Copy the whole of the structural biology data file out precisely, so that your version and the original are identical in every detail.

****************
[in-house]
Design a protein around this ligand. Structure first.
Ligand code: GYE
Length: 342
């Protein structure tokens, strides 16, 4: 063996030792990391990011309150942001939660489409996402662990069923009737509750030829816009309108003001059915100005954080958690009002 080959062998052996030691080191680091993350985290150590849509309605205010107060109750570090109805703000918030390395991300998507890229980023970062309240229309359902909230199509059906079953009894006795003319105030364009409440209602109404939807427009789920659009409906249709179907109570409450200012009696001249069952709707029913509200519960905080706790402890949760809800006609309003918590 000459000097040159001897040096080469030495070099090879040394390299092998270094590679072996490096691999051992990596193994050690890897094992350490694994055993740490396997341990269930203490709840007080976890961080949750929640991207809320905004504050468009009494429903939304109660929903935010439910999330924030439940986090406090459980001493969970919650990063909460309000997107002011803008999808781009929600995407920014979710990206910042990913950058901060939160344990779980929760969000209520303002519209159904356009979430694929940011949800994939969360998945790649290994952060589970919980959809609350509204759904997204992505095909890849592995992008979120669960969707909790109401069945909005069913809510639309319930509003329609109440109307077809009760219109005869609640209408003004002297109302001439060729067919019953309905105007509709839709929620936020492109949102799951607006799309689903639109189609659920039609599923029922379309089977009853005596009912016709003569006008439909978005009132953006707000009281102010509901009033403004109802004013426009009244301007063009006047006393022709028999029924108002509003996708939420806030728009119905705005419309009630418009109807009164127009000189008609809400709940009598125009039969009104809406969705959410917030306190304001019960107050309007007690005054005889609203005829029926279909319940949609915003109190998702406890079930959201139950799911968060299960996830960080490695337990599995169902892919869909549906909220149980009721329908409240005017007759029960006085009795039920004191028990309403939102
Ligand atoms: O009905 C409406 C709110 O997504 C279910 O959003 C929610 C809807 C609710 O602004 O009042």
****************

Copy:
[in-house]
Design a protein around this ligand. Structure first.
Ligand code: GYE
Length: 342
């Protein structure tokens, strides 16, 4: 063996030792990391990011309150942001939660489409996402662990069923009737509750030829816009309108003001059915100005954080958690009002 080959062998052996030691080191680091993350985290150590849509309605205010107060109750570090109805703000918030390395991300998507890229980023970062309240229309359902909230199509059906079953009894006795003319105030364009409440209602109404939807427009789920659009409906249709179907109570409450200012009696001249069952709707029913509200519960905080706790402890949760809800006609309003918590 000459000097040159001897040096080469030495070099090879040394390299092998270094590679072996490096691999051992990596193994050690890897094992350490694994055993740490396997341990269930203490709840007080976890961080949750929640991207809320905004504050468009009494429903939304109660929903935010439910999330924030439940986090406090459980001493969970919650990063909460309000997107002011803008999808781009929600995407920014979710990206910042990913950058901060939160344990779980929760969000209520303002519209159904356009979430694929940011949800994939969360998945790649290994952060589970919980959809609350509204759904997204992505095909890849592995992008979120669960969707909790109401069945909005069913809510639309319930509003329609109440109307077809009760219109005869609640209408003004002297109302001439060729067919019953309905105007509709839709929620936020492109949102799951607006799309689903639109189609659920039609599923029922379309089977009853005596009912016709003569006008439909978005009132953006707000009281102010509901009033403004109802004013426009009244301007063009006047006393022709028999029924108002509003996708939420806030728009119905705005419309009630418009109807009164127009000189008609809400709940009598125009039969009104809406969705959410917030306190304001019960107050309007007690005054005889609203005829029926279909319940949609915003109190998702406890079930959201139950799911968060299960996830960080490695337990599995169902892919869909549906909220149980009721329908409240005017007759029960006085009795039920004191028990309403939102
Ligand atoms: O009905 C409406 C709110 O997504 C279910 O959003 C929610 C809807 C609710 O602004 O009042």